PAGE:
We come to our third week of HS – Triumphant cards.  We kick things off with Scorponok Megazarak Drapion!  That’s right: it isn’t a Pokémon Prime but I am still making with the Transformers references.  In the video games, Drapion is a Dark/Poison Pokémon.  This version is just a Darkness-Type, and quite frankly if you have to choose that is the winner: while Weakness isn’t huge you have to love the ability to pump damage and power attacks with Darkness Energy (Special Energy version).

 

Drapion is a Stage 1 Pokémon that Evolves from Skorupi.  There have been four Skorupi made with three remaining Modified legal.  Unfortunately, none are Darkness-Type since Skorupi is a Poison/Bug.  You can pick between one Grass (from Bug) and two Psychic (from modern Poison grouping) versions.  The Stormfront version is the Grass-Type that has 60 HP, Psychic Weakness +10, a Retreat Cost of two, and for (C) hits for 10 while blocking the Defending Pokémon from retreating or for (CG) hits for 20 and depending on the coin toss, inflicts Paralysis (“heads”) or Poison (“Tails).  The Supreme Victors version is Psychic and has only 50 HP, the same HP and Retreat Cost with two incredibly overpriced attacks: Poison Sting for (PC) and only doing 1 damage with Poison on a coin toss and Tail Smash for (PCC) to do 40 damage but requiring a successful coin toss to do anything.  The newest version is also a Psychic-Type, with 60 HP, Psychic Weakness x2, a single Energy Retreat Cost and a very iffy attack: for (CC) Paralyzing Clamp requires a coin toss to work, but when it does work it does 30 points of damage and inflicts Paralysis.  Makes you miss the Diamond and Pearl version that is no longer legal: 60 HP, Psychic Weakness +10, two to retreat, (P) for a coin toss to inflict Poison, but for (CC) you get four coin flips and 10 points of damage per “heads”.  No version has Resistance, and in the end I would go with the Stormfront version to have the best HP/Weakness combination and pack Call Energy if you think you’ll need to attack.

 

Getting back to Drapion itself, it has a solid 100 HP for a Stage 1 Pokémon.  This is marred by Fighting Weakness: while not the worst, Fighting Weakness is problematic due to the periodic strong Fighting-Type decks and strong Fighting TecH available.  You do get to enjoy Psychic Weakness -20, but again the bottom stats prove scary as you are saddled with a hefty three Energy Retreat Cost.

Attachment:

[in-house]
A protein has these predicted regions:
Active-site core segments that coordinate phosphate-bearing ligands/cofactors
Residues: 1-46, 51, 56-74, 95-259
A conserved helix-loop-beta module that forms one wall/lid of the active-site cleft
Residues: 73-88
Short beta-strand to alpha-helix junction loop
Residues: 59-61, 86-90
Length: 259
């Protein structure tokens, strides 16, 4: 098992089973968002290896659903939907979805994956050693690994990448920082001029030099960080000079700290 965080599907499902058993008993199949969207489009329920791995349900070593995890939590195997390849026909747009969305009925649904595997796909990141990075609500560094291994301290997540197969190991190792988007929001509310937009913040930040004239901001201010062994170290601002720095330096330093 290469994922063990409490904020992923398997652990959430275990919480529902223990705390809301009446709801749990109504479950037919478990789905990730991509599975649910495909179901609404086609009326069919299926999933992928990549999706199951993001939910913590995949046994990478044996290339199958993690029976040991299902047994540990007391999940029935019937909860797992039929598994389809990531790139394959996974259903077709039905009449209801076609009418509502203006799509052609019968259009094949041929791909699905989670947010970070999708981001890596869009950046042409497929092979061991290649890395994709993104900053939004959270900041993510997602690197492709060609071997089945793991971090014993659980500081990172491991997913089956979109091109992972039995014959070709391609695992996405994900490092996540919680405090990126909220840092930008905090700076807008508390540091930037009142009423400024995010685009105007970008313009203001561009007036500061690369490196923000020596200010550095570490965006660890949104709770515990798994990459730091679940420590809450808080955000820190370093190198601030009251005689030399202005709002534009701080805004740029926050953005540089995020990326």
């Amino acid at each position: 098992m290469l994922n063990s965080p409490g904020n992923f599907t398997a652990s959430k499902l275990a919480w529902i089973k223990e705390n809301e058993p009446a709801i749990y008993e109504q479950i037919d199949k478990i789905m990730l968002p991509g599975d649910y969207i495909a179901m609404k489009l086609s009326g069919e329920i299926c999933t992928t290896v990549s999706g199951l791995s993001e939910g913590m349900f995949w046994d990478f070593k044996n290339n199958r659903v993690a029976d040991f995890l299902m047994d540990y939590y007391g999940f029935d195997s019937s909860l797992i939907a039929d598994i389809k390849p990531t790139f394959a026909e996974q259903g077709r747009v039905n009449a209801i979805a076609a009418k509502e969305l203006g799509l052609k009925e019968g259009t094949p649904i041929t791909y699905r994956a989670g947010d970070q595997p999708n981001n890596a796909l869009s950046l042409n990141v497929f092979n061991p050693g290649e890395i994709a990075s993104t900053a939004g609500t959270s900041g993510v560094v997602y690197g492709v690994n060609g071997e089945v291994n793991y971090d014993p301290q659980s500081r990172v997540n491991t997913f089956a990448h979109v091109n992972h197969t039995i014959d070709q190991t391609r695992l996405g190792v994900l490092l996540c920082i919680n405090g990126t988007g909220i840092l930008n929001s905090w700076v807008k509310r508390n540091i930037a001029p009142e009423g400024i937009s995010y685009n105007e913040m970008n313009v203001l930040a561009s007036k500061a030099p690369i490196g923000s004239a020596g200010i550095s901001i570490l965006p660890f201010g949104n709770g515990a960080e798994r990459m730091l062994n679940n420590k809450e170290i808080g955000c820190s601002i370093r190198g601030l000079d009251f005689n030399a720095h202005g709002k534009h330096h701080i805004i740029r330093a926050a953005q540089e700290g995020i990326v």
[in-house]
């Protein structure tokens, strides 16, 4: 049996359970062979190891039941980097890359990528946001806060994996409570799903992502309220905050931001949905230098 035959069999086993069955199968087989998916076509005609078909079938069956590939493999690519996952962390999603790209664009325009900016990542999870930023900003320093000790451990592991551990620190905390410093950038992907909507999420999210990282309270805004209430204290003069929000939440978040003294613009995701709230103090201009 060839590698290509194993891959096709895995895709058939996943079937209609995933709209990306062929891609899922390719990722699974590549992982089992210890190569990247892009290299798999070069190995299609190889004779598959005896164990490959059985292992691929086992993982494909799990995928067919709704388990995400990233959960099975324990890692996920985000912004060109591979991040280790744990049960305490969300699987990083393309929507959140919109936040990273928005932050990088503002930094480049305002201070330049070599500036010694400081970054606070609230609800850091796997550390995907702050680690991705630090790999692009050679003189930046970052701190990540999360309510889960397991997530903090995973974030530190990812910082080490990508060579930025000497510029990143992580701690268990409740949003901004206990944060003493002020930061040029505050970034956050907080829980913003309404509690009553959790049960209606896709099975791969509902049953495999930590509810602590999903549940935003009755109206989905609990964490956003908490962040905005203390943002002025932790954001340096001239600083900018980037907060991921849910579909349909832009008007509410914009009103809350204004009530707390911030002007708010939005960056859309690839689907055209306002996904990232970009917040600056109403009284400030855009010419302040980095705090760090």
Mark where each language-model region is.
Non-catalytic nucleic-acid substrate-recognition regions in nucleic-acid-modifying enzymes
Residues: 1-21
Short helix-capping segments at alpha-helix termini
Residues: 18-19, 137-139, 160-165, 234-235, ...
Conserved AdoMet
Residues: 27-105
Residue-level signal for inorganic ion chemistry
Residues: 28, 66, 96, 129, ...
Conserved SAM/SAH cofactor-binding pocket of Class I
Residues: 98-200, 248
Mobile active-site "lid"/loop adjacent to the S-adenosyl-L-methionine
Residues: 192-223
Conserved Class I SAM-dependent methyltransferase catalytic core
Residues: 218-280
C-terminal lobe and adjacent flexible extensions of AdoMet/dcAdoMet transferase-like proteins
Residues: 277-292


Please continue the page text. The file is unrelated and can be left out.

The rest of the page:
Drapion has two attacks.  The first is Toxic Fang: for (DCC) you hit for 40 and on a successful coin toss you “double Poison” the Defending Pokémon, that is you place two damage counters on it between turns instead of one.  It is good the attack can use Double Colorless Energy, but I’d rather the attack hit for less damage and required less Energy – either a single Darkness Energy or the two Colorless requirements – so that you could attack the instant you can evolve into it.  I’d also rather it didn’t need a flip, again even if it did much less damage: the attack doesn’t have the raw damage it needs for the Energy going into it anyway, and ultimately feels too weak by current standards.  The second attack, Land Crush, requires an elephantine four Energy at (DDCC).  Again, it is good that you can use Double Colorless Energy for some speed, but it hits for a flat 80 which is disappointing.

 

There is only one other Modified legal “plain” Drapion, from Stormfront.  I enjoys 110 HP and Psychic Weakness +20, but with the same Retreat Cost and no Resistance.  What makes me like it better is that it also has three attacks: for no Energy you can use Scorpion Grapple to hit for 10 points of damage and either Paralyze or block the retreat of the Defending Pokémon (“heads” or “tails” on a coin toss, respectively).  For (CC), the price of a Double Colorless Energy, you can flip four coins and do 20 points of damage for each heads, plus score Poison if you get at least two heads.  For (DDC) you can hit for a reliable 60 points of damage while discarding all Special Energy from the Defending Pokémon.  All Special Energy, not just one!

 

Can the Level X option save this version?  You lose your Psychic Resistance but gain 30 HP.  However, you also gain a spiffy Poké-Power (Tri-Poison) that gives you a coin toss to inflict triple Poison on the Defending Pokémon.  That’s three damage counters between turns!  You also gain Sniping Tail, which does 40 damage to one of your opponent’s Benched Pokémon (so no Weakness/Resistance/most other modifying effects for damage) and blocks the Defending Pokémon retreating, but it needs (DDCC), same as Land Crush.  It is nice that the Triumphant version would provide a solid attack to slug the Defending Pokémon with, and as long as you weren’t stuck with only enough Energy for Toxic Fang, you could use it only when Tri-Poison failed so that it’d take two failed coin tosses to avoid an enhanced Poison status.  Ultimately, I think I’d rather use the Stormfront version: it just gives you more options.  Both versions have to be careful if Tri-Poison is successful, so they don’t help the opponent out by dropping it down to a lesser Poison status.  Tri-Poison with Derail looks kind of sweet, though: shred all Special Energies while hitting for at least 60 points of base damage and enjoying at least another three damage counters placed on the Defending Pokémon between turns.  If they are stranded, you could snipe the Bench with Sniping Tail and the accumulated damage from your previous Tri-Poison/Derail should be enough to take out just about anything.  60 points of damage + 3 x 3 damage counters = 150 total damage!

 

At least this version looks better than the first Drapion we got in Diamond and Pearl.  That version was Psychic and had worse attacks.  This Drapion is also a solid choice for Limited play.  Special Conditions are nasty in this format, and a solid 80 strike will KO probably half of what you’ll face (Basics and small/injured Evolutions).

 

Ratings

 

Modified: 2/5 – While you can build a solid deck with this version, any such deck would be better with the Stormfront version.

 

Limited: 3/5 – If you pull multiple Drapion and Skorupi (or other Darkness-Type Pokémon), go ahead and run it.  If you didn’t, then skip it: the restrictions of this format bump it from sub-par to “good”, but not to “great”.

 

I am still selling my former collectables on eBay.  I’ve had a lot of hobbies over the years, so at various times I’ll have comic books, manga, action figures, and video games on the auction block.  You can take a look at what’s up for bids here.  Just a reminder, Pojo is in no way responsible for any transactions and was merely kind enough to let me mention the auctions here. ;)